Book offers handy travel, money-saving hacks

WASHINGTON — This may sound crazy, but the key fob that unlocks your car will work better if you hold it against your cheek before you click the button.

“You get between 60 and 90 more feet of range, like if you can’t find your car in a parking lot,” says author David Pogue.

That’s one of the highly useful, often surprising tips stuffed in his new book “Pogue’s Basics: Life: Essential Tips and Shortcuts (That No One Bothers to Tell You) for Simplifying Your Day.”

The book was released in November and is now a New York Times Best Seller.

Pogue, who is also founder of Yahoo Tech and a CBS News Sunday Morning correspondent, says the key fob trick really has people talking online.

“It’s turning the fluids of your head into a conductor.  Your body is an antenna for the fob.  It really works.”

The book has chapters about cars and travel, including help for nighttime drivers who get blinded by extra-bright headlights.

“Focus, as you drive, on the white line at the right side of your own lane.  And that way, your eyes remain dilated for the darkness and don’t get blinded by the oncoming lights,” Pogue says.

The fastest way to clear fog from the inside your car’s windshield in winter, he says, is to turn on the air conditioning.

“The object is to make the interior of the car closer to the temperature of the glass of the windshield and that will make the condensation stop.”

If you like to travel by plane, Pogue says many airline seats have a little-known feature.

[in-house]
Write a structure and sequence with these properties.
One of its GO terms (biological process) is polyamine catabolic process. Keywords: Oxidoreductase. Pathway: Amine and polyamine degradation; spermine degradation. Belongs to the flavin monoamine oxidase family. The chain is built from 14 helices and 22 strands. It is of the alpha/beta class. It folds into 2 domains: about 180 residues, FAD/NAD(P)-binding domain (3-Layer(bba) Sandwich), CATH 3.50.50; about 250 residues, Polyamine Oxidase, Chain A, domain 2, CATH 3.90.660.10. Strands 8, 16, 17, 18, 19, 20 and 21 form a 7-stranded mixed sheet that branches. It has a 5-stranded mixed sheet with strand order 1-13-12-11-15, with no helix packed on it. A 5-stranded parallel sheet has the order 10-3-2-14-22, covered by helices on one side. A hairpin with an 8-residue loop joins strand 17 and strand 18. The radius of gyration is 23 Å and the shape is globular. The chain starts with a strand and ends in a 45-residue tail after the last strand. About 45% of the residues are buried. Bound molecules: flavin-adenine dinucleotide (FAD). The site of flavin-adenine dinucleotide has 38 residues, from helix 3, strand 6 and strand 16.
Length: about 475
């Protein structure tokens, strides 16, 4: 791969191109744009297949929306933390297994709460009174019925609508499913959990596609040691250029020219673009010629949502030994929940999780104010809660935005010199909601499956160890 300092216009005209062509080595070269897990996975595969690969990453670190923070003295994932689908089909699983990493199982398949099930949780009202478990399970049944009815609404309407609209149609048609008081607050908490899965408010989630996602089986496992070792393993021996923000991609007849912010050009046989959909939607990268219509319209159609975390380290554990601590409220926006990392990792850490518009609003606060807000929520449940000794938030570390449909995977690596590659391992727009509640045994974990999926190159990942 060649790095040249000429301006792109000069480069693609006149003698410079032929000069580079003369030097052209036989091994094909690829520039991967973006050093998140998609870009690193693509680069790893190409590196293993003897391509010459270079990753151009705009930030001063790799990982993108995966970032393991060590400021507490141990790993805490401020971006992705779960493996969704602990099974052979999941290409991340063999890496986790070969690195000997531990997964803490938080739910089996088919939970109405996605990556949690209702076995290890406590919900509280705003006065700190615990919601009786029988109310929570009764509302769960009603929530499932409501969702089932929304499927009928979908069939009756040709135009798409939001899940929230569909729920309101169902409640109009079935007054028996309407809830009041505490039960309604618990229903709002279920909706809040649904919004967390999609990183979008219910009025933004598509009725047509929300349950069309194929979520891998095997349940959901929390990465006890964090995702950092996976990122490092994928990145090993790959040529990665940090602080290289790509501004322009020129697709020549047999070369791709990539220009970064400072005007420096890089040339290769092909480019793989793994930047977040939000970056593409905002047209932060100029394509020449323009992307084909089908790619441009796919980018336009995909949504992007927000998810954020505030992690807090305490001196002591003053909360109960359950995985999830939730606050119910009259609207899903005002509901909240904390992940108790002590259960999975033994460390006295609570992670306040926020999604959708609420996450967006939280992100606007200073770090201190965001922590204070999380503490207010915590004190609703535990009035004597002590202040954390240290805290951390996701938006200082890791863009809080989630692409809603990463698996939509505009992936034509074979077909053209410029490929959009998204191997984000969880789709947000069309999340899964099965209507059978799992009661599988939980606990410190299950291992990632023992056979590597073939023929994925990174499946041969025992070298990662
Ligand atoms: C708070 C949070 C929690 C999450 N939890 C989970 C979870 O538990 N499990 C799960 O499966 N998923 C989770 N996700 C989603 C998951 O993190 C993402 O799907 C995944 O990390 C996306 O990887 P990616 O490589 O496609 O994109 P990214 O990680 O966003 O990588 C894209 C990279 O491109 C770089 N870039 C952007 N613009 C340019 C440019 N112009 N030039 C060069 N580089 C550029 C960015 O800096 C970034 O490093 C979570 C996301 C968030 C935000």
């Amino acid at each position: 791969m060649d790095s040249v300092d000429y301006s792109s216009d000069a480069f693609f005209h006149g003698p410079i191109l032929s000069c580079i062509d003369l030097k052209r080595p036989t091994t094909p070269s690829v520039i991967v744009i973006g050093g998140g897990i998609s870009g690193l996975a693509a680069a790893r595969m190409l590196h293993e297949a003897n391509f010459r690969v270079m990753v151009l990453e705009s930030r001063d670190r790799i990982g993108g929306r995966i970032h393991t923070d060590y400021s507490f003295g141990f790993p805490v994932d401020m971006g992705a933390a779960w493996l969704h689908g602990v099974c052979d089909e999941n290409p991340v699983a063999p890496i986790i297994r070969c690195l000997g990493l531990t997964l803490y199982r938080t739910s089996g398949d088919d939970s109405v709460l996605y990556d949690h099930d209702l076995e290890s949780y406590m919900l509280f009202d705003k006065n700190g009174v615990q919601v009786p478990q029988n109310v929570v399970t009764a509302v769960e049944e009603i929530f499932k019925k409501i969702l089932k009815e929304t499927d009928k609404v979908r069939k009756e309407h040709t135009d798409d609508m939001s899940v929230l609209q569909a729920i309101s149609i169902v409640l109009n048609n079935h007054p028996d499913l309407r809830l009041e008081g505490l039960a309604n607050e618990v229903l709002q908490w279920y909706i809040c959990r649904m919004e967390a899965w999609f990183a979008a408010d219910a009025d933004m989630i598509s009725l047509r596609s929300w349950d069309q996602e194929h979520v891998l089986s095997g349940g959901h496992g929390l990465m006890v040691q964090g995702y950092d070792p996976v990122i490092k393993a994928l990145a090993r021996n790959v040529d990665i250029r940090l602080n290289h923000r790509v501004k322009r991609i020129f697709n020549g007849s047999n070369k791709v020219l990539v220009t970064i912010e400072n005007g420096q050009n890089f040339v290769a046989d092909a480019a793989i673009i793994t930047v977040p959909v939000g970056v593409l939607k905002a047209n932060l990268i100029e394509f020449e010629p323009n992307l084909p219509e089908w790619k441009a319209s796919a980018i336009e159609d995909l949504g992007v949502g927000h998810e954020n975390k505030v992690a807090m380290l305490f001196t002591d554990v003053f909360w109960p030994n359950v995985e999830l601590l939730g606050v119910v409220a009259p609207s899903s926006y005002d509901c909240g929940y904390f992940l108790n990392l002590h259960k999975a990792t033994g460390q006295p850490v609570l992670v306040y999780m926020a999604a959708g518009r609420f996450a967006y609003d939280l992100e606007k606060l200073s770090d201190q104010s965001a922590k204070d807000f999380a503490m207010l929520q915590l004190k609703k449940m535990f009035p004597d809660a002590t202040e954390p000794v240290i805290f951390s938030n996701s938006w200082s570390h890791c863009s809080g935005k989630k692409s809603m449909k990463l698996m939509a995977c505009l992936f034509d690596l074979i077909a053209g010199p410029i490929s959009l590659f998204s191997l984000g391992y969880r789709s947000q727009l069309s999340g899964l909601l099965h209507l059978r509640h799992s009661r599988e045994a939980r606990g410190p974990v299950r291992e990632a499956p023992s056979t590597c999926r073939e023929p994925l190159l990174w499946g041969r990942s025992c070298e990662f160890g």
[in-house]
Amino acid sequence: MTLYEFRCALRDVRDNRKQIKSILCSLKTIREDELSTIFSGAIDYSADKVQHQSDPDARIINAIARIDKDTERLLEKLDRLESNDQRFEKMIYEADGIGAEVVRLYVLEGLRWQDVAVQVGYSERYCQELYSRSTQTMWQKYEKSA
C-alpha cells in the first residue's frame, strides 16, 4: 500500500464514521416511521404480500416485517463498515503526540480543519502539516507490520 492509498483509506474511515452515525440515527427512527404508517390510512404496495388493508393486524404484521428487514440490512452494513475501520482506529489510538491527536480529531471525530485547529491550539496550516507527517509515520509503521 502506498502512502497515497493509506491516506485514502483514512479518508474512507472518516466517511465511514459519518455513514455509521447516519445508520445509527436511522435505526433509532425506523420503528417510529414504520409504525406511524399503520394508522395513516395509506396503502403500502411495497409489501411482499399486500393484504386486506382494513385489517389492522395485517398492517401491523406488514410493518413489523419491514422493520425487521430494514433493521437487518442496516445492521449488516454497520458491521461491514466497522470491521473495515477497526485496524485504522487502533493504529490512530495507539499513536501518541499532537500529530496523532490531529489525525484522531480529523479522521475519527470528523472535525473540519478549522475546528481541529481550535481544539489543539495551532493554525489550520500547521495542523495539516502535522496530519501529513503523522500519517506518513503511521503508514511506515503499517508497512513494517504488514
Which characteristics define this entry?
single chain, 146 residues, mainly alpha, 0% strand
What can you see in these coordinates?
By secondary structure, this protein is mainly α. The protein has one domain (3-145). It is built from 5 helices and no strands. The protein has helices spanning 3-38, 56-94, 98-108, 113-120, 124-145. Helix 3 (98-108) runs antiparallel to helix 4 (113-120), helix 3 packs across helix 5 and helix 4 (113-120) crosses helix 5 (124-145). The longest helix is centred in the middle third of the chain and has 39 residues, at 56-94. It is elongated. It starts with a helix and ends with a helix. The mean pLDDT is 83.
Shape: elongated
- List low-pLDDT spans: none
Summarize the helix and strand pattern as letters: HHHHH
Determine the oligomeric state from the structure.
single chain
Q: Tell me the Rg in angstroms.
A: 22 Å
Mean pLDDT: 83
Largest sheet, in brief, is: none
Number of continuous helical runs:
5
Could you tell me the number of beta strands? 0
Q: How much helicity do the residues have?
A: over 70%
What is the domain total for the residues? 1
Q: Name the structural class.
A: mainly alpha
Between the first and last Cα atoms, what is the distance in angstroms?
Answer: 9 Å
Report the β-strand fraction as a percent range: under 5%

“If you look behind you at the headrest, the outer edges of it are not attached to the back of the seat.  They in fact are designed to hinge forward, around your ears, to become a built in pillow so that your head doesn’t loll to the side if you fall asleep.”

 House and Home Tips

We all know how expensive razor cartridges are, and Pogue says an easy step will help you save money on them.

“That blade’s repeatedly exposure to water then air, then water then air, is rusting the sharp edge of the blade.  If you could prevent it from oxidizing, then those blades would last so much longer.  I mean, I’ve had cartridges last 5 months,” he says.

Pogue’s secret to extending the life of a razor is to simply dry it off after using it.

“You can either blow-dry it with a blowdryer, or I keep a little bottle of rubbing alcohol next to the sink.  I just swish the razor in the rubbing alcohol, and that instantly evaporates when you’re done.  So the blade never has a chance to rust.”

Speaking of water, Pogue says many people waste energy and money because their water heater is turned up too high.

“My suggestion is you go to the water heater in your basement and you turn it down to the hottest temperature you can stand, and no hotter.  And think of the hundreds of dollars over the years that you’ll save that way.”

Another tip has to do with those boxes of plastic wrap, aluminum foil and wax paper you probably have at home.

“There are two tabs that you’re supposed to push in with your fingers, and they make an axle.  They sort of anchor the tube — the roll — in place, so that as you pull it out it doesn’t move out of the box.  Every box has these things and no one ever notices that they’re there,” says Pogue.


“Pogue’s Basics: Life” was preceded by “Pogue Basics: Tech,” which came out last year.

Pogue says he’s planning a third book for next year.

“I’ve just decided what it’s going to be.  I haven’t told anyone yet, but what the heck.  It’s going to be ‘Pogue’s Basics: Money,’ because there are so many ways that we could be spending less and earning more in everyday life.”

Michelle Basch

Michelle Basch is a reporter turned morning anchor at WTOP News.

Federal News Network Logo
Log in to your WTOP account for notifications and alerts customized for you.

Sign up